The potential for abuse is enhanced by the fact that the law allows persons with a financial interest in the patient’s death to be one of the two witnesses to the written request, attesting to the patient’s competence and the lack of coercion. That same person can be the only witness present when the lethal drug is taken since ABX2-15 fails to require an objective observer to the act. Once the prescription is written and the lethal drug dispensed, the attending physician’s duty to the patient ends. He is not obliged to re-evaluate the patient’s competence before the drug is taken, even though weeks or months have passed. This is an open invitation to patient abuse since no one will know if the patient resisted. Astonishingly, under ABX2-15 , information the attending physician must provide the Department of Public Health, including the circumstances and cause of the patient’s death, “shall not be disclosed, discoverable, or compelled to be produced in any civil, criminal, administrative, or other proceeding” [§443.19(a)]. This provision will impede investigations by coroners and prosecutors into whether patients’ deaths involved foul-play, thus supplying a shield to a potential crime.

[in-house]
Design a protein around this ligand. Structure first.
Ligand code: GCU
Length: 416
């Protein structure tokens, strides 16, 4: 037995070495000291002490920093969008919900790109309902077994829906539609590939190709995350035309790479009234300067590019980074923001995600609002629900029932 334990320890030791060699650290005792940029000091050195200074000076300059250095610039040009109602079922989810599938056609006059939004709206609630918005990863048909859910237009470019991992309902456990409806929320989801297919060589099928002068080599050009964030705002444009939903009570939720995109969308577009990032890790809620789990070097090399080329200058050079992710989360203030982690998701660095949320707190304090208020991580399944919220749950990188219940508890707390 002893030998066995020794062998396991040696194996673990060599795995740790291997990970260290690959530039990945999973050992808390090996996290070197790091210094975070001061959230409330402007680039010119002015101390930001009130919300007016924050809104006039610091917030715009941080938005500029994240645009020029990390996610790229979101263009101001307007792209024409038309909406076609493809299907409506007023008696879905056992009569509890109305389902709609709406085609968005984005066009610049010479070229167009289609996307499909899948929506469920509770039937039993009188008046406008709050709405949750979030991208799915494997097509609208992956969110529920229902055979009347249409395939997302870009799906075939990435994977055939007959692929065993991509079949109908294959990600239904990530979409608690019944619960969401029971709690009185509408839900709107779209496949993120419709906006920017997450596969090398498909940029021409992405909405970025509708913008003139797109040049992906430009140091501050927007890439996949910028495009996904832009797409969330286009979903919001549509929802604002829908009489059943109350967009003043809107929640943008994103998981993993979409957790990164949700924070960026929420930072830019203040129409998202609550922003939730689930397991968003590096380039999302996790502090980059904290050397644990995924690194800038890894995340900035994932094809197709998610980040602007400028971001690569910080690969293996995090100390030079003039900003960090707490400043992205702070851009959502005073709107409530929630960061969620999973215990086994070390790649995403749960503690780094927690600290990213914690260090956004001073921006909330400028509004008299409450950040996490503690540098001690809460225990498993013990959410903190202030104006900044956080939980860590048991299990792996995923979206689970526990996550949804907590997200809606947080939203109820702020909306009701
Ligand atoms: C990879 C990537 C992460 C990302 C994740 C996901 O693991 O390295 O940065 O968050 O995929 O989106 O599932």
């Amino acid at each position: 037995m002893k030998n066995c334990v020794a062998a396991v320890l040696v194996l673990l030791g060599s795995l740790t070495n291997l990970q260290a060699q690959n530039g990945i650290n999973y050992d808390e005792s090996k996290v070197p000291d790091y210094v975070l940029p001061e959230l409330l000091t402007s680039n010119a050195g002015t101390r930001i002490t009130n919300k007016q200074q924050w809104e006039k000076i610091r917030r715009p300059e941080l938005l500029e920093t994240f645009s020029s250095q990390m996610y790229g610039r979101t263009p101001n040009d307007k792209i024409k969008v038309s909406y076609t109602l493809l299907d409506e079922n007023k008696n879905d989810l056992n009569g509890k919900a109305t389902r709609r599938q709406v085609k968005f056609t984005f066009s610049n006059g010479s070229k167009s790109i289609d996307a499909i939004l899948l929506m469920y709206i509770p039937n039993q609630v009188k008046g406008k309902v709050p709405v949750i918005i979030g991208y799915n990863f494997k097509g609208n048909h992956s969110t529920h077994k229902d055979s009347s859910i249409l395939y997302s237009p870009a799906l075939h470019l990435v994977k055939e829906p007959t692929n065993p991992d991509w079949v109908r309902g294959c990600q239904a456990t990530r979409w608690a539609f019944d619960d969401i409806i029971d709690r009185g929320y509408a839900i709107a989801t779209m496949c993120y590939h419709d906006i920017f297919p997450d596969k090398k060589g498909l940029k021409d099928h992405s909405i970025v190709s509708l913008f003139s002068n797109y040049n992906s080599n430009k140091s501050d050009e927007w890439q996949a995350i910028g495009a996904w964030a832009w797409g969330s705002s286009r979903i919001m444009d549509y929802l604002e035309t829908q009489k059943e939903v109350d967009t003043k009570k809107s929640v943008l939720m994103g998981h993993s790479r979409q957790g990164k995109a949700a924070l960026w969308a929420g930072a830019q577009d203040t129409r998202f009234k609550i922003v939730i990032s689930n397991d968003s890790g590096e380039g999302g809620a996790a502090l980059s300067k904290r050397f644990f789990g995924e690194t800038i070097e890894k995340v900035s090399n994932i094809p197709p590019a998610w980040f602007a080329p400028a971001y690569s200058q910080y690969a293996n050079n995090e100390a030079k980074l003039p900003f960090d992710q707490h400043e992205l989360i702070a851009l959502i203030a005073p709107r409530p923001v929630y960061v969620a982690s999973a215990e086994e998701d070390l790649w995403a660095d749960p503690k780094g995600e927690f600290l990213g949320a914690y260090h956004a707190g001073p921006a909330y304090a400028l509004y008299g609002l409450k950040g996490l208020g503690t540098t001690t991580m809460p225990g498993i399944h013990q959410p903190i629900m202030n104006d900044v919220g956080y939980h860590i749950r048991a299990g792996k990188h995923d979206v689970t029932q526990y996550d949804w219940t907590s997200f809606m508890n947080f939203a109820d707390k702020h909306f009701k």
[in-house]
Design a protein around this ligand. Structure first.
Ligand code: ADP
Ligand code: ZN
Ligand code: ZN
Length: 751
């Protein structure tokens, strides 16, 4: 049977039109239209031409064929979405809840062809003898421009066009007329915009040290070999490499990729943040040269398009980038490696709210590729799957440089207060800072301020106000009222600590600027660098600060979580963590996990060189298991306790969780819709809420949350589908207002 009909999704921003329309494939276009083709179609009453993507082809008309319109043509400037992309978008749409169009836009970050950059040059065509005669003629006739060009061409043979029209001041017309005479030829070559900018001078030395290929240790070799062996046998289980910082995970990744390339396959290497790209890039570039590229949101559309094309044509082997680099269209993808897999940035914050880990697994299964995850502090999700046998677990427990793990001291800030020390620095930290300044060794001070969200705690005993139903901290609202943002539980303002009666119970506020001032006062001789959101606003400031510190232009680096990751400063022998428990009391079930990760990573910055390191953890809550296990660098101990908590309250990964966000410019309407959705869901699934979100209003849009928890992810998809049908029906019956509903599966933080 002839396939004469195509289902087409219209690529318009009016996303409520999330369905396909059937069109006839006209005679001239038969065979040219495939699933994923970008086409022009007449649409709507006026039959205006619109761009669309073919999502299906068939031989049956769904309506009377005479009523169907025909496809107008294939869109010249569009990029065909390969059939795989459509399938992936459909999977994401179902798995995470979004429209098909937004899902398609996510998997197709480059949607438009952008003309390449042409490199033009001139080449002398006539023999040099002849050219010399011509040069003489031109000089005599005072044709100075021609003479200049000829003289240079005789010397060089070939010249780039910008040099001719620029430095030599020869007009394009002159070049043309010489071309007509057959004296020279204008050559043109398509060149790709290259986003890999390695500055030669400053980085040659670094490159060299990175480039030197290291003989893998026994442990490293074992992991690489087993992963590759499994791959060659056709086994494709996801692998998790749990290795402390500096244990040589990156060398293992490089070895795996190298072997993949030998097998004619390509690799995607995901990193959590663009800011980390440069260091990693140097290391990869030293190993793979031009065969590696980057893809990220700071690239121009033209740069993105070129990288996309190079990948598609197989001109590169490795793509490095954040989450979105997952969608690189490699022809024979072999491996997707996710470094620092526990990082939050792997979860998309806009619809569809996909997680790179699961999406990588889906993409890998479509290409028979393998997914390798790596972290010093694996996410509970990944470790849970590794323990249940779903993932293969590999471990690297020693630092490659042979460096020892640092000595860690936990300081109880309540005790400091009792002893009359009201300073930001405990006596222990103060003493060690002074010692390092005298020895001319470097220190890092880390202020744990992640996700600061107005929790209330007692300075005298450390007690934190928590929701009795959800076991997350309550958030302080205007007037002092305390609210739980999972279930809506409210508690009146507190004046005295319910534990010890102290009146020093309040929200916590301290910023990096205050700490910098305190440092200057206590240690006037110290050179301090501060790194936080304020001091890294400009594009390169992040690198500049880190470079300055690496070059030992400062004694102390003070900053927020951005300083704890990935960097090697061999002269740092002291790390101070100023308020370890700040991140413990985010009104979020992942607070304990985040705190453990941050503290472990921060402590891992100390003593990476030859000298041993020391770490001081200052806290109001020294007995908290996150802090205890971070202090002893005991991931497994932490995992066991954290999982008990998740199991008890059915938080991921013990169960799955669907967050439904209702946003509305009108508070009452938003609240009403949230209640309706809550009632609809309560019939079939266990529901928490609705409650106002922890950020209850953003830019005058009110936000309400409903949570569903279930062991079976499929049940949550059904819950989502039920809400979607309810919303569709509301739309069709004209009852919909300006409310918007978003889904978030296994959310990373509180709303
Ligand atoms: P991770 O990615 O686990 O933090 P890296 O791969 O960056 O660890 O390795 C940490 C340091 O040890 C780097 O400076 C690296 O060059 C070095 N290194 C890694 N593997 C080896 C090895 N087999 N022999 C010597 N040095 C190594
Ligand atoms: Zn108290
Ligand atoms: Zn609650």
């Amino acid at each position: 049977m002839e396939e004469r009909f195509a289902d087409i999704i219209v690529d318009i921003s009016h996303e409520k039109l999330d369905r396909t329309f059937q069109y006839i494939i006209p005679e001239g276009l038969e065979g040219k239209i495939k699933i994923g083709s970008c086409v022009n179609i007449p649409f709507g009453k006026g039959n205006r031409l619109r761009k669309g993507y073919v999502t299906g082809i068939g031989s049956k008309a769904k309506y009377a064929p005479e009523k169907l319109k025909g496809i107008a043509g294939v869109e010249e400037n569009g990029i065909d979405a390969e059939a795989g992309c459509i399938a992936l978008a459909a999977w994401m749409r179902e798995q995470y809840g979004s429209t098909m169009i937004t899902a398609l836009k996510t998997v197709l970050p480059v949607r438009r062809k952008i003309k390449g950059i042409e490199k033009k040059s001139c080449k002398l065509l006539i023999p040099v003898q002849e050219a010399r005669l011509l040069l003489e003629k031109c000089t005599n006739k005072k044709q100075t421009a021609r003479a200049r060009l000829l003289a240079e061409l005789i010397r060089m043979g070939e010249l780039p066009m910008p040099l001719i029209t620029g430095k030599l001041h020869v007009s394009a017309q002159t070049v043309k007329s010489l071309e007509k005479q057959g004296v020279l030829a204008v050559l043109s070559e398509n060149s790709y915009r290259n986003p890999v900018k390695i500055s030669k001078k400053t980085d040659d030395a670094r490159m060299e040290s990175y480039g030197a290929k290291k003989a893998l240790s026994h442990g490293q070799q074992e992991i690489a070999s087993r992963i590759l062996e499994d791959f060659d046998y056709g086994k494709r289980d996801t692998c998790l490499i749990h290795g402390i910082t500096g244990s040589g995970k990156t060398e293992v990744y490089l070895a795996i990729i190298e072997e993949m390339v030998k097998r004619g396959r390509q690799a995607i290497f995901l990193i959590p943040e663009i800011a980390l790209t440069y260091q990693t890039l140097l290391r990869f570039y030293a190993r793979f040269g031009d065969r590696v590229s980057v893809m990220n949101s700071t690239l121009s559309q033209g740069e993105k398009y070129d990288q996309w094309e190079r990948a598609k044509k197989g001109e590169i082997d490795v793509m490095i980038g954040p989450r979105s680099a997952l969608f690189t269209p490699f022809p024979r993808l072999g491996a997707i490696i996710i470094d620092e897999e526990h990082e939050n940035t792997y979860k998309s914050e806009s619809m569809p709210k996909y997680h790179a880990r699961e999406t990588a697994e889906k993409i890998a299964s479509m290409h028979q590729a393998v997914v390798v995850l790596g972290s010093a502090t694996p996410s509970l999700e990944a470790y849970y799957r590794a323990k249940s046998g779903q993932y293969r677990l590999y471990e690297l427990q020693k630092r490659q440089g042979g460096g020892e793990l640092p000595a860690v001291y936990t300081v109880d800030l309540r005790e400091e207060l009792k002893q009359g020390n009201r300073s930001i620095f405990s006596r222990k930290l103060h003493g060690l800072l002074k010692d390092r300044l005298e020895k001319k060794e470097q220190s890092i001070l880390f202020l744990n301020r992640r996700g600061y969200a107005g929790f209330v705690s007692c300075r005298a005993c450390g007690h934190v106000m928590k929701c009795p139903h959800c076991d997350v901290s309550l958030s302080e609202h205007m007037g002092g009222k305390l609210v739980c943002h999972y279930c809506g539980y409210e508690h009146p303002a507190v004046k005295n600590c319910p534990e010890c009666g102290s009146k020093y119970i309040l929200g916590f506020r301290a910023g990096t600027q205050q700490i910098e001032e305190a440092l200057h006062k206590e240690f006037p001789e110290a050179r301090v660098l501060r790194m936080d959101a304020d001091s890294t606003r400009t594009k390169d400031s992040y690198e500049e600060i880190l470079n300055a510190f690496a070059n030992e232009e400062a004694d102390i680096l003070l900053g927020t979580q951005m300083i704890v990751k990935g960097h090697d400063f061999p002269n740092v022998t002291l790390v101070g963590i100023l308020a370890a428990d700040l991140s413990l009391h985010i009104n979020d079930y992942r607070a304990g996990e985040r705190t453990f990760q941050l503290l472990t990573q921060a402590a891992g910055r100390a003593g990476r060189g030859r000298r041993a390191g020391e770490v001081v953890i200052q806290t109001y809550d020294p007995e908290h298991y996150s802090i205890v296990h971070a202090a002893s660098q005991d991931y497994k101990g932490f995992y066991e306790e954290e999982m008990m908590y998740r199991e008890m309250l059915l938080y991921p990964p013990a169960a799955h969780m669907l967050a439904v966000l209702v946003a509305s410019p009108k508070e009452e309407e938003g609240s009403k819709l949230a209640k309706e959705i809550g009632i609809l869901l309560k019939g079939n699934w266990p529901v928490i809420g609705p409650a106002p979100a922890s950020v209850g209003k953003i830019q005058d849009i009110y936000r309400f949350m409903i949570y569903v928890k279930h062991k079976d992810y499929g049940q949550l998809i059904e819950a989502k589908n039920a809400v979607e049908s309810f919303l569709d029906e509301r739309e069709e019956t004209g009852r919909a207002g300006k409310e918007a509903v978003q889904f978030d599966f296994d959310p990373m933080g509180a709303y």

By purportedly offering safeguards that serve instead to place patients at risk of abuse, this law employs a legal sleight-of-hand. Despite Governor Brown’s statement, rather than providing comfort to those suffering with terminal illness, this law provides a mechanism for the ultimate abandonment of the terminally ill patient to death. True compassion, “leads to sharing another’s pain; it does not kill the person whose pain we cannot bear” [St. John Paul II, Evangelium vitae [Encyclical Letter on the Gospel of Life] ¶ 66 (1995)].